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Ralph E. Luker

journalist, dentist, and civil rights activist, was born in Blackstock, South Carolina, the son of Jesse Max Barber and Susan Crawford, former slaves. Barber studied in public schools for African American students and at Friendship Institute in Rock Hill, South Carolina, where he graduated as valedictorian. In 1901 he completed the normal school course for teachers at Benedict College in Columbia, South Carolina, and afterward entered Virginia Union University in Richmond. There Barber was president of the literary society and edited the University Journal. In 1903 Barber earned a bachelor's degree and spent the summer after graduation as a teacher and traveling agent for an industrial school in Charleston, South Carolina.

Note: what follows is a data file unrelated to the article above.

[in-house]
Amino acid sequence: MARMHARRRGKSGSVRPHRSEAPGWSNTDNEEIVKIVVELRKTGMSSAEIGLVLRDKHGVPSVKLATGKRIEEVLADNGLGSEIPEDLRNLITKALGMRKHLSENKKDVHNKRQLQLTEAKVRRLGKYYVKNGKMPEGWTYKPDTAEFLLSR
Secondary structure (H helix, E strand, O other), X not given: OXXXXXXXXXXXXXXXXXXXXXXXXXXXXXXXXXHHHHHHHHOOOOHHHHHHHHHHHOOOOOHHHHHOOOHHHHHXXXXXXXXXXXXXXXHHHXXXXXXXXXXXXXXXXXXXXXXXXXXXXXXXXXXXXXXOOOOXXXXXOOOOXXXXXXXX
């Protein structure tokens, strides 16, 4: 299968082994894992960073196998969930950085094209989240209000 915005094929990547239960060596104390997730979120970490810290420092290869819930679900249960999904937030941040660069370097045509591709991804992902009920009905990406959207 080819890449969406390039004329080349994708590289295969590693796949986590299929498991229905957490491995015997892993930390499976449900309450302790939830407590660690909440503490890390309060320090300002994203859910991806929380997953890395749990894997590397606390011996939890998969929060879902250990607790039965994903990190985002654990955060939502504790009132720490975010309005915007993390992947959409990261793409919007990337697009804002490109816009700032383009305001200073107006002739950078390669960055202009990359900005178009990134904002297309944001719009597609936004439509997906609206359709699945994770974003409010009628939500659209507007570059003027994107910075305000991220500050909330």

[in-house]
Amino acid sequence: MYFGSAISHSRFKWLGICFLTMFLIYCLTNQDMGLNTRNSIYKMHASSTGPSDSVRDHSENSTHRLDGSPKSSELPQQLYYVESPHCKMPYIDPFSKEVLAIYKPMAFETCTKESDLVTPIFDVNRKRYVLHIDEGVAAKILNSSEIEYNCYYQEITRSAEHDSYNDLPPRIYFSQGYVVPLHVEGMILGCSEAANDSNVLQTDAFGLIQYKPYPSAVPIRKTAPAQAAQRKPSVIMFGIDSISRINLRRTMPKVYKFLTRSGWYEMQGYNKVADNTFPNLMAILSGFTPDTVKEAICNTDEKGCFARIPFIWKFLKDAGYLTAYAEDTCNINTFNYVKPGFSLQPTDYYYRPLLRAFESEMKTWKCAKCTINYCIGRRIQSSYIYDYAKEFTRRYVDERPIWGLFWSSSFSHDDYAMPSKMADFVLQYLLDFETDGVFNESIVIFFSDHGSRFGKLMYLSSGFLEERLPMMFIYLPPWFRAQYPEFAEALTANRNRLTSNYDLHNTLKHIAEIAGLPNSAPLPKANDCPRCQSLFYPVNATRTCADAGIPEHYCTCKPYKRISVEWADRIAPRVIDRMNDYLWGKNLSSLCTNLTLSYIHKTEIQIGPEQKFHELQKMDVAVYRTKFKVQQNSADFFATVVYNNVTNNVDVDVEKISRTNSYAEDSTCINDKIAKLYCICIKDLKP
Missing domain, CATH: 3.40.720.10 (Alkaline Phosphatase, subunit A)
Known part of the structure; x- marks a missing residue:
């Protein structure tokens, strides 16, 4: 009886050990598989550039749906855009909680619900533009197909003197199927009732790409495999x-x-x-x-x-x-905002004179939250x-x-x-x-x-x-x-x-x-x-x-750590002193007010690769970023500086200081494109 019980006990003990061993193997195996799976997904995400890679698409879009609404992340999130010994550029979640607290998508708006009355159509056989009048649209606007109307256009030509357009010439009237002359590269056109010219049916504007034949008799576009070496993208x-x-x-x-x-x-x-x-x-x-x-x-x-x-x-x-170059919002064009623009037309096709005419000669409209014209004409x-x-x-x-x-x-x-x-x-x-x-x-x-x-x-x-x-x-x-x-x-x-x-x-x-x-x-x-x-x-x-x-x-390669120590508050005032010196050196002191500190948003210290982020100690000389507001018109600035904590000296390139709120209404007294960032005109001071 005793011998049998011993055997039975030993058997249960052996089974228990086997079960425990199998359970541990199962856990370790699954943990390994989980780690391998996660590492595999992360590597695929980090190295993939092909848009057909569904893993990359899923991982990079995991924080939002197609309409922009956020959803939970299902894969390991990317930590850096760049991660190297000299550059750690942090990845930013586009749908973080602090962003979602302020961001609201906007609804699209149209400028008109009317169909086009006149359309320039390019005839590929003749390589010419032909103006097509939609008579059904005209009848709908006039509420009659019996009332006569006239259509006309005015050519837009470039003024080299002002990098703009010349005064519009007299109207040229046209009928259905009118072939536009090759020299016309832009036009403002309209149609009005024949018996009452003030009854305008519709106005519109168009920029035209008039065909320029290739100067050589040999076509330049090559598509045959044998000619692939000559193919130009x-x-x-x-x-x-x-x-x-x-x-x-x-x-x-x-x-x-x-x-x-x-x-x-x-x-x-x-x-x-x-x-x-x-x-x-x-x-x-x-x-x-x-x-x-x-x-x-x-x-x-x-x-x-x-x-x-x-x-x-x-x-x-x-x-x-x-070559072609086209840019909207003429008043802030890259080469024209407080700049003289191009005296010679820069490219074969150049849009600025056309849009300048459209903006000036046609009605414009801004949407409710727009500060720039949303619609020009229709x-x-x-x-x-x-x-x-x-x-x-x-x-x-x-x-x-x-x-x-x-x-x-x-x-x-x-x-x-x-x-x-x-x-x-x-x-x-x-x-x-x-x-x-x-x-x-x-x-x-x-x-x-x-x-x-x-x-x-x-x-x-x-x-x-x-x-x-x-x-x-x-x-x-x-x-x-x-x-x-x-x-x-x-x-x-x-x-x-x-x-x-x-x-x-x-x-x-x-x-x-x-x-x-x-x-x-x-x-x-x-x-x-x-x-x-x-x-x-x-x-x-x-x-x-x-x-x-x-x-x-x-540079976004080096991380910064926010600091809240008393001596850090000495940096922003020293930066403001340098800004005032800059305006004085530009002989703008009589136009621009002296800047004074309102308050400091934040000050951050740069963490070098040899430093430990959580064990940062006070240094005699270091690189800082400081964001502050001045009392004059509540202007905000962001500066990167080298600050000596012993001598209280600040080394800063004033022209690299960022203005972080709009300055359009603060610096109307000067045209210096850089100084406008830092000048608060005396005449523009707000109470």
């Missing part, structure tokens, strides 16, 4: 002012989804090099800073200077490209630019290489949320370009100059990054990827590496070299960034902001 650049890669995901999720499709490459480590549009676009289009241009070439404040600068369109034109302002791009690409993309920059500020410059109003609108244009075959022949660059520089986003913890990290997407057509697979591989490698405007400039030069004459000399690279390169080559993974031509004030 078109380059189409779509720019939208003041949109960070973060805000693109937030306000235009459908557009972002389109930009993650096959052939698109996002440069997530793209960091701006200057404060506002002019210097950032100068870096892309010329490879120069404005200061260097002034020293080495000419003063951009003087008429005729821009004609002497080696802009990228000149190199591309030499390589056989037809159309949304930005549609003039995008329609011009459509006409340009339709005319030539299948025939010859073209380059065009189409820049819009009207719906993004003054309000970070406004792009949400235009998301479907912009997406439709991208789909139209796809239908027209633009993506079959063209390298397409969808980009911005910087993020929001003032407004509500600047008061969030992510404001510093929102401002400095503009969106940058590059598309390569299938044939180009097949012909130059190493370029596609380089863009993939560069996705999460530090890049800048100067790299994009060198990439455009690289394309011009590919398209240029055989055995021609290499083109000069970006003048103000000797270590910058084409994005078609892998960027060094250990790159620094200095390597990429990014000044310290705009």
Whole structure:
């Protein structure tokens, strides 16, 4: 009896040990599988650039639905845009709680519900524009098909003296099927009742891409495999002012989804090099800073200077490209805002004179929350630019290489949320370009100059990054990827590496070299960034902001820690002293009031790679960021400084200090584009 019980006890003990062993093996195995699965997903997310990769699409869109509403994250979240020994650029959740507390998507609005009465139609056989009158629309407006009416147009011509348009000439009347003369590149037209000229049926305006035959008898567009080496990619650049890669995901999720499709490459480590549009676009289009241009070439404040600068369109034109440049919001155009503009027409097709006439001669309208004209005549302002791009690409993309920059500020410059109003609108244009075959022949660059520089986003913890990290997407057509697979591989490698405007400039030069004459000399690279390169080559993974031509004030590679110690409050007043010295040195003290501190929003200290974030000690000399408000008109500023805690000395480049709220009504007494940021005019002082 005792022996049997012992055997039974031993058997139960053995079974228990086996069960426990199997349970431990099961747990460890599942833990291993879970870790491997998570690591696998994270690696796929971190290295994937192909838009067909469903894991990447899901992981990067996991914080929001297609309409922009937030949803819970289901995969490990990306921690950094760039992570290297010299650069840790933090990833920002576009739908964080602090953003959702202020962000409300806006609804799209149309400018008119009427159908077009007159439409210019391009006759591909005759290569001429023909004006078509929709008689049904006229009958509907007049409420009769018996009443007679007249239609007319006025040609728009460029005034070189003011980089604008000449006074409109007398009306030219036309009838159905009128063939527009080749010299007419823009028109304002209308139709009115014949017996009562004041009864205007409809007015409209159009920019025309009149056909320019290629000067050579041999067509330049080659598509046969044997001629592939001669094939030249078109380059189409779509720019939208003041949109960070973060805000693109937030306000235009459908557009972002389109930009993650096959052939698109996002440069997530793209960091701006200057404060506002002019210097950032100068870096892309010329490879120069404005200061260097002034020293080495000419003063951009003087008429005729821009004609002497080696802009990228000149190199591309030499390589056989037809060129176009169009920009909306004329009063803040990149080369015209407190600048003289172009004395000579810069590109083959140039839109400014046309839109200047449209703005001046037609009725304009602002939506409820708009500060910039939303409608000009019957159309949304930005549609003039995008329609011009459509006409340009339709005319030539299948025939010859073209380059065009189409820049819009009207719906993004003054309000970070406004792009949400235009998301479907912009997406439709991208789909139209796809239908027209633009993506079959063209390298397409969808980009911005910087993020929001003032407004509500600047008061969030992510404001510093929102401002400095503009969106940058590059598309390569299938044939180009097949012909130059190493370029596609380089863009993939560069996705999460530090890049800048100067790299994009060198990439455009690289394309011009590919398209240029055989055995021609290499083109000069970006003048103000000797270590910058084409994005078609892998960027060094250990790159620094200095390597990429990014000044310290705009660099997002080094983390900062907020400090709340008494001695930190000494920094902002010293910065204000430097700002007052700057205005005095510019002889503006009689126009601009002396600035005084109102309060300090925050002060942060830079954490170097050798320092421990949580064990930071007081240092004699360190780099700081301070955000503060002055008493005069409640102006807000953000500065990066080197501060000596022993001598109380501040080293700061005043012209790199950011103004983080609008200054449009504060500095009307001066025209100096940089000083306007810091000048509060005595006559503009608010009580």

By November 1903, Barber had moved to Atlanta to accept an offer from a white publisher, Austin N. Jenkins, to assist in launching a new literary journal, the Voice of the Negro ...

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Raymond Pierre Hylton

minister, author, physician, dentist, and missionary, was born in Winton, North Carolina. His father, Lemuel Washington Boone (1827–1878), was a prominent minister and politician, and one of the original trustees of Shaw University.

Boone received his early education at Waters Normal and Industrial Institute in Winton. From 1896 to 1899 he attended Richmond Theological Seminary in Richmond, Virginia. In 1899, when the seminary merged with Wayland Seminary College of Meridian Hill in Washington, D.C., to form Virginia Union University and moved to its new Richmond campus at North Lombardy Street, Boone finished his senior year and became part of the university's first graduating class in 1900; he received the bachelor's of divinity degree.

During his final year at Virginia Union, Boone met Eva Roberta Coles from Charlottesville, Virginia, who studied at the neighboring African American women's institution, Hartshorn Memorial College, from which she graduated in 1899 ...